When I read of Paul’s heavy schedule that was filled with mission travels, defense of the faith, and then add to this the time it took to pen (by inspiration) the largest portion of the New Testament, I sometimes wonder if he, too, ever played catch up. He made at least three mission trips, four if he ever made it to Spain like he intended. When I read of his activities on those various trips I wonder where he ever found the time to “make tents.” He wrote of his busy schedule with these words: “For we are not bold to number or compare ourselves with certain of them that commend themselves: but they themselves, measuring themselves by themselves, and comparing themselves with themselves, are without understanding. But we will not glory beyond our measure, but according to the measure of the province which God apportioned to us as a measure, to reach even unto you. For we stretch not ourselves overmuch, as though we reached not unto you: for we came even as far as unto you in the gospel of Christ: not glorying beyond our measure, that is, in other men's labors; but having hope that, as your faith groweth, we shall be magnified in you according to our province unto further abundance, so as to preach the gospel even unto the parts beyond you, and not to glory in another's province in regard of things ready to our hand” (2 Cor. 10:12-16). Paul was so determined to preach the gospel to all who would listen that he would “most gladly spend and be spent for your souls” (2 Cor. 12:15). The literal rendering of that verse has Paul saying he would be willing to be “spent and spent out” for their souls. When I compare my life with the life of Christ, and my labors with those of Paul, I come to the realization that I fall far short of doing all that can be done for the cause of Christ. Perhaps my frantic rush to “catch up” is only an allusion, and what I really need to do is slow down and prioritize those things in my life that demand my attention. Think about it!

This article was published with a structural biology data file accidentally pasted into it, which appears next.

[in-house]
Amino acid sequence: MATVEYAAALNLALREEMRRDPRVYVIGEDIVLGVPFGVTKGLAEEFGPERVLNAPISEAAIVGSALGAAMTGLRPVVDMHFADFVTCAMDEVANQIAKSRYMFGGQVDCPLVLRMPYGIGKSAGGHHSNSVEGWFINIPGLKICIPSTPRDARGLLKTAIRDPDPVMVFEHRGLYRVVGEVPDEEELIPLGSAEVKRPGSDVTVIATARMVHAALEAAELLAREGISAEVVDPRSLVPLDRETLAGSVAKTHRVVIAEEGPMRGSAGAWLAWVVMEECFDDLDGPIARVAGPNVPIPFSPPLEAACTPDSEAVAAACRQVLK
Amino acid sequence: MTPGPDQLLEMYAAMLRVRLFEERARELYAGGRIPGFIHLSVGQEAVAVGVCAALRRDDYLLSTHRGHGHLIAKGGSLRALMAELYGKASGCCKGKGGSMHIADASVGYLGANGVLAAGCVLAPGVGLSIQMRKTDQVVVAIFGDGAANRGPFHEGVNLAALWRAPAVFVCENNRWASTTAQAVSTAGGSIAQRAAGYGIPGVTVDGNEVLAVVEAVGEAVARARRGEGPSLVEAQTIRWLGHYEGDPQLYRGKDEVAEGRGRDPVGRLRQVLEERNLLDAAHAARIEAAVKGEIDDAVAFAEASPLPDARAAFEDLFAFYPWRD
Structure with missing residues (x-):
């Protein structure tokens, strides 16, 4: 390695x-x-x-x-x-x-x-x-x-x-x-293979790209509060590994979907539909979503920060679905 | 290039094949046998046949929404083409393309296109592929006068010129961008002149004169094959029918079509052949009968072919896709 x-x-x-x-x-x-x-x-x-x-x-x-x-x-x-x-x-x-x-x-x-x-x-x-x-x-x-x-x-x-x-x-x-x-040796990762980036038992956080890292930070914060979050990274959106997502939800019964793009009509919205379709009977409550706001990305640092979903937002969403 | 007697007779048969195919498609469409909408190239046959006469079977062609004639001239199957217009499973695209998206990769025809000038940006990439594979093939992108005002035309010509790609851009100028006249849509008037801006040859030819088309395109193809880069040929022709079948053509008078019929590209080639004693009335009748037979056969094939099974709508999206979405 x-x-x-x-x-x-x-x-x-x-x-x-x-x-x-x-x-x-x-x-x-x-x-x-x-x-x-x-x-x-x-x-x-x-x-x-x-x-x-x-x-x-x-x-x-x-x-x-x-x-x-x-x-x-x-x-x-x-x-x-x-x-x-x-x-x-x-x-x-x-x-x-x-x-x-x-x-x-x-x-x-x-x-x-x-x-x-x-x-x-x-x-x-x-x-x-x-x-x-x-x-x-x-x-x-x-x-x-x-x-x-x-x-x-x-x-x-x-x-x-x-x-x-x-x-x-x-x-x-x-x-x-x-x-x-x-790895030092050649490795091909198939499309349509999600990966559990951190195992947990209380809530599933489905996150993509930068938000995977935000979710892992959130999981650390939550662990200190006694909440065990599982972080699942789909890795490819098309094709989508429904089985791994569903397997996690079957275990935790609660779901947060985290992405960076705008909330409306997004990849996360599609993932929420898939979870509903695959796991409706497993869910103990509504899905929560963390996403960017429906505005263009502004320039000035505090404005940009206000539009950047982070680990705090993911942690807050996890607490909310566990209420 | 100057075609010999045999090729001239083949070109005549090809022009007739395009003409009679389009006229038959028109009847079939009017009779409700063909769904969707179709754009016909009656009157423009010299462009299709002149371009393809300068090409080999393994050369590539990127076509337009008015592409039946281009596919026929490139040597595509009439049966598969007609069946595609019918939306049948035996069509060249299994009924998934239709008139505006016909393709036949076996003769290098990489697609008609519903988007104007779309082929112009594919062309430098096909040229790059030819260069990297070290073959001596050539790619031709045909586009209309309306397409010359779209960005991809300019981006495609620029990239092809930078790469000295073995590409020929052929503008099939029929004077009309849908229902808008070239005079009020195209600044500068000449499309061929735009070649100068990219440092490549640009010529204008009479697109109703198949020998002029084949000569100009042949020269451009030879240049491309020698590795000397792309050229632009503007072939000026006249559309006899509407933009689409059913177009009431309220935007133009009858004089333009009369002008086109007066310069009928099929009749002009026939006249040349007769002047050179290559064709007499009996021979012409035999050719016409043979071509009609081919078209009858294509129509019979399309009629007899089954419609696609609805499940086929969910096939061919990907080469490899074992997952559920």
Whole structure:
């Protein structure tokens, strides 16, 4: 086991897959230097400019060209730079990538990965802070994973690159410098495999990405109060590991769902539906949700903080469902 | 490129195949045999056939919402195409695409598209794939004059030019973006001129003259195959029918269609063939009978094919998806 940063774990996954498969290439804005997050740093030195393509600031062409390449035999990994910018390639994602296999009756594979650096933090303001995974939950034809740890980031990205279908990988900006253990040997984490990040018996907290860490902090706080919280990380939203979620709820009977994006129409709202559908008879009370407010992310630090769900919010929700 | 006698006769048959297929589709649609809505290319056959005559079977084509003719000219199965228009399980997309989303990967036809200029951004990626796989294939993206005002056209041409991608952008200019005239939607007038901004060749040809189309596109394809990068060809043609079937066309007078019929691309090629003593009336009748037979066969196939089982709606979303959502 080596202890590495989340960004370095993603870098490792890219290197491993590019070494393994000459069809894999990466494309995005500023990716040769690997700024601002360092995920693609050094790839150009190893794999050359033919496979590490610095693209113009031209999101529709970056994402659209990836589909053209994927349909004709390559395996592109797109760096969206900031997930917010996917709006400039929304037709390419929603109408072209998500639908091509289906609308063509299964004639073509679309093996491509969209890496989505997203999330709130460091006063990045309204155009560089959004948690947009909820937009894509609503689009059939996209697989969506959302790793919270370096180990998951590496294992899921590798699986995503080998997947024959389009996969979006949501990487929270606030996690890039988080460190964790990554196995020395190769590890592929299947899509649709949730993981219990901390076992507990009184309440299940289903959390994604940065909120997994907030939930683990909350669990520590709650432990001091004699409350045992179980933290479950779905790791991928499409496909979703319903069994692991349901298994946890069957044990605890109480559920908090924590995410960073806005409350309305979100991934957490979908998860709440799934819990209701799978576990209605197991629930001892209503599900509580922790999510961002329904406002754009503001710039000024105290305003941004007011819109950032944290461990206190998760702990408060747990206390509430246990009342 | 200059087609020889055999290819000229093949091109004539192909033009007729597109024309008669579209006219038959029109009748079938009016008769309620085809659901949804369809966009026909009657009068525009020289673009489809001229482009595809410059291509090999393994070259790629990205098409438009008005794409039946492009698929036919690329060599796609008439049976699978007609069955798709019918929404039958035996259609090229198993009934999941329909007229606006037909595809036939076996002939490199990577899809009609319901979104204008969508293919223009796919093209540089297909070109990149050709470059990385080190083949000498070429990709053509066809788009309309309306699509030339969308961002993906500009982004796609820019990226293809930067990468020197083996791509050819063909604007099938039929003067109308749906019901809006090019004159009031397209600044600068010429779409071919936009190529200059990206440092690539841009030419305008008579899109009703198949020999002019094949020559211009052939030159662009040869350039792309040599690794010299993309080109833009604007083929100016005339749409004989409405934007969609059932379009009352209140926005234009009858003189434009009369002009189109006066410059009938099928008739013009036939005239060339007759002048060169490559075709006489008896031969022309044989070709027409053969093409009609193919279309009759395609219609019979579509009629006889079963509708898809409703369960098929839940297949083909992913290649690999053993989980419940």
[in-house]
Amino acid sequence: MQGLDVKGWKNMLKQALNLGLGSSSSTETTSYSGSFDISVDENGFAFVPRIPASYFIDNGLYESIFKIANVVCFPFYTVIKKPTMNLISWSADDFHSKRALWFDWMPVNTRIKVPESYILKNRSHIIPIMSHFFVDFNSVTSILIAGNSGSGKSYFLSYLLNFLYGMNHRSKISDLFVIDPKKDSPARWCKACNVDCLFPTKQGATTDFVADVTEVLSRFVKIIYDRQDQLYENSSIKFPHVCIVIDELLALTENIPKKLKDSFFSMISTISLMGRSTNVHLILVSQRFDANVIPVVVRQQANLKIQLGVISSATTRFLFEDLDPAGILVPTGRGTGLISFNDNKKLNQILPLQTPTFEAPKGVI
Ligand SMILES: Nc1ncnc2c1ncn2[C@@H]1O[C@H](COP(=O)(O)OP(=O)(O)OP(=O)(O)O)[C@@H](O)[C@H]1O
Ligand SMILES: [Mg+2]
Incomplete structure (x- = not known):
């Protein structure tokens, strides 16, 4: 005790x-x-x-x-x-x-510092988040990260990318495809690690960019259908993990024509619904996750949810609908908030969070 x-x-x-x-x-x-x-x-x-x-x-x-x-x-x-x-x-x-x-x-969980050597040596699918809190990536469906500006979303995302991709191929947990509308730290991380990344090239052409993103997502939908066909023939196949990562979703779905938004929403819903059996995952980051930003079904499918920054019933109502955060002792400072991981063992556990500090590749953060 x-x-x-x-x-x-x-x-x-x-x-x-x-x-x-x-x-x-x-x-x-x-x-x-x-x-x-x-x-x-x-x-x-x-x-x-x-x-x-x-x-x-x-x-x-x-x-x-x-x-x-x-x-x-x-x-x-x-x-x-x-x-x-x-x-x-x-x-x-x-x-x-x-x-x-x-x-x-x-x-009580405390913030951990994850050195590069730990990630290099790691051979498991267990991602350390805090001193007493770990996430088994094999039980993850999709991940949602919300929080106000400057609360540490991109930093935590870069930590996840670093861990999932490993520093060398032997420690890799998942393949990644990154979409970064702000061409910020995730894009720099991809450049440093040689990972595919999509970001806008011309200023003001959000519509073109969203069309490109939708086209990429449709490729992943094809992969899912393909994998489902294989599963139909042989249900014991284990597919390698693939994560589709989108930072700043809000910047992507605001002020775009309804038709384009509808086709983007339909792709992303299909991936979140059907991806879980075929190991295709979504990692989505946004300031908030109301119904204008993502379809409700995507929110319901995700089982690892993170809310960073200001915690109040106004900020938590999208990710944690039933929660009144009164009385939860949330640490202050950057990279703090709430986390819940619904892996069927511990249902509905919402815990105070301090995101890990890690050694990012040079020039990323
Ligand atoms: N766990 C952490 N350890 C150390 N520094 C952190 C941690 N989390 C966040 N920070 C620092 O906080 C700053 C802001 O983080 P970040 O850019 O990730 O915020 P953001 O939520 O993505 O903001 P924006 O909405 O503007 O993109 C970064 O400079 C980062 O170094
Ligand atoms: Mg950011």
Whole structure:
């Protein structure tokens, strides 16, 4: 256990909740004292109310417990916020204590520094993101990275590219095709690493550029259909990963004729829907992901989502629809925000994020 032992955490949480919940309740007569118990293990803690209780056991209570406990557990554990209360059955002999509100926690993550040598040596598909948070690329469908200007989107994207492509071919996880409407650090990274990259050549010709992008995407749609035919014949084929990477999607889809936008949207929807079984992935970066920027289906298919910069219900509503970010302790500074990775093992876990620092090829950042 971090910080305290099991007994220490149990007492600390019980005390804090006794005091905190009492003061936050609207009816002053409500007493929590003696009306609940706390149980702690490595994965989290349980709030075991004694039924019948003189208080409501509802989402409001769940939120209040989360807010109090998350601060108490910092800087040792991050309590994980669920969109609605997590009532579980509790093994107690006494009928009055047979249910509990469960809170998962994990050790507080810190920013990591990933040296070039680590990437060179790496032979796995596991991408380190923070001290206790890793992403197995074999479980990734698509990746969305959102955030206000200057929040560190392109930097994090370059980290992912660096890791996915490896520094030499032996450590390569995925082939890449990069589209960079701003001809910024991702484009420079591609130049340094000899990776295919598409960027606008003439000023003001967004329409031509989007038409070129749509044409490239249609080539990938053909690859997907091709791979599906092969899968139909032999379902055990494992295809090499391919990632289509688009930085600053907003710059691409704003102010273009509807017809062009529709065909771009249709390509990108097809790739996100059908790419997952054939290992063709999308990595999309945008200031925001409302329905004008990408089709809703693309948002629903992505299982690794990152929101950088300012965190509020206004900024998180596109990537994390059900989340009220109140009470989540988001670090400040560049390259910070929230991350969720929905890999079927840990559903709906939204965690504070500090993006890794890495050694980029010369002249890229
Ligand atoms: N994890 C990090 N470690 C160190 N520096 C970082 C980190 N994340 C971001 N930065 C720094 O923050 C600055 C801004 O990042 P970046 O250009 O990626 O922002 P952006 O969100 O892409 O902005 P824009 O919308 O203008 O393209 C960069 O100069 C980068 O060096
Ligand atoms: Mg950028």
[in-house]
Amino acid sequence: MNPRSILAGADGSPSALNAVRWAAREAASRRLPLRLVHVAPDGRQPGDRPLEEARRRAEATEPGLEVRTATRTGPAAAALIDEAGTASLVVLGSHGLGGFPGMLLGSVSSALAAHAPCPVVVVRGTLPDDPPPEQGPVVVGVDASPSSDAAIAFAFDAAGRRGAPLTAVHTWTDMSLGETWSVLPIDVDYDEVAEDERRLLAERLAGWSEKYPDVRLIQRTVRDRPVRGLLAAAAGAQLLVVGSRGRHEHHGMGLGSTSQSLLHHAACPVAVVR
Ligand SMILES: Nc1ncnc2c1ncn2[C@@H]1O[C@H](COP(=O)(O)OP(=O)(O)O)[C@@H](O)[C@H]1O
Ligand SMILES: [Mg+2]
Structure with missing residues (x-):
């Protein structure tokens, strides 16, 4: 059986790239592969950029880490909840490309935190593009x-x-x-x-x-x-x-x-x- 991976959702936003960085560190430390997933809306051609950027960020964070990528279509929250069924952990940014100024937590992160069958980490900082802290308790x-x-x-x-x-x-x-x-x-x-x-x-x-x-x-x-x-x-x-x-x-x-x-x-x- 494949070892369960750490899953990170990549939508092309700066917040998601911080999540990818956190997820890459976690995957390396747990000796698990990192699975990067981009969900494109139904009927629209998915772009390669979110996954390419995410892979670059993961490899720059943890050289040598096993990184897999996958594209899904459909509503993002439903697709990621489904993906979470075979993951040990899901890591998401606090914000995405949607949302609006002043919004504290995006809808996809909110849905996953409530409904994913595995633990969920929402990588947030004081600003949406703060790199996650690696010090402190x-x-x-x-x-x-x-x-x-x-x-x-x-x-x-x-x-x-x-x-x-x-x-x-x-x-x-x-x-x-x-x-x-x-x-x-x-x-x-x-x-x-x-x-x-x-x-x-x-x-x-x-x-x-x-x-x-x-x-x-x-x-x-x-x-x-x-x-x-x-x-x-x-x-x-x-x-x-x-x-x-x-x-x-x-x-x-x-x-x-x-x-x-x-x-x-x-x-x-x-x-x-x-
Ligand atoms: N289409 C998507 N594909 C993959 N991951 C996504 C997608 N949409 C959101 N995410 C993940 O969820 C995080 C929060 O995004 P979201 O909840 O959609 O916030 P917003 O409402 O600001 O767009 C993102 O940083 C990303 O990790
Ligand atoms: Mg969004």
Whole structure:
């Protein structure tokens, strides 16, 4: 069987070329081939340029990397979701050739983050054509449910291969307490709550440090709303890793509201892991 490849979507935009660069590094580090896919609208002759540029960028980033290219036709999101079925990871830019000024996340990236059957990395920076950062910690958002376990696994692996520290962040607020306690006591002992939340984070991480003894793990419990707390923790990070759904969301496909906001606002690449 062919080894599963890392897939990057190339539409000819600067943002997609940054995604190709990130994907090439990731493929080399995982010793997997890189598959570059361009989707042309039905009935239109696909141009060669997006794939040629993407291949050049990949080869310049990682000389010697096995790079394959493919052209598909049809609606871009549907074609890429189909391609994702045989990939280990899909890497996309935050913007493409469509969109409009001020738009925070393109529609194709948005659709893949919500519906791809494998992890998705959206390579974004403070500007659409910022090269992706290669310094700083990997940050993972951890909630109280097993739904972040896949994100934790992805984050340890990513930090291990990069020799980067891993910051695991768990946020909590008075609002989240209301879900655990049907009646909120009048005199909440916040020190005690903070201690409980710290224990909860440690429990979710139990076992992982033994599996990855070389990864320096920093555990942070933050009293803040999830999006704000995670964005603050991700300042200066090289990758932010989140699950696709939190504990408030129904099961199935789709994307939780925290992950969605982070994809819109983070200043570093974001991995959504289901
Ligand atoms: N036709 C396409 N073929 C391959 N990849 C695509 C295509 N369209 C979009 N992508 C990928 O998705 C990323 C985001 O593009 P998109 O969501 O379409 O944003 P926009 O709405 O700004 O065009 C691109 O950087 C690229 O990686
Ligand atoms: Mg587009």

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By the time this bulletin goes to print we will be less than four days away from the beginning of our fall gospel meeting. We continue to pray for open doors, interested souls, and heaven’s blessings in all our efforts toward this end.  With next week’s bulletin we will bring the meeting to a close, with only one night’s session still remaining. Between the publication of these two bulletins some of the most significant events will take place. Your invitations extended to others may very well change the course of history; the sermons they hear during the meeting can be life-altering. There is nothing like the preaching of the gospel as far as the effect it can, and will have upon the souls of men. It is the “power of God unto salvation” (Rom. 1:16). All the military might combined, all the natural disasters put together, cannot affect the lives of men as does the preaching of the gospel. While the former events might temporarily disrupt one’s life, those too shall pass. But with the preaching of the gospel, not only is a life changed, but the eternal destiny of a soul is forever altered. I don’t know how that strikes you, but every time I think about it, it reminds me of exactly how important and significant is the work that I do as a gospel preacher, and the work of this congregation (and hundreds and thousands of congregations around the word). And it reminds me of the wonderful opportunity God has given the church here at Handley to unleash the power that can save men’s soul. That, my friends, is a significant thing to think about.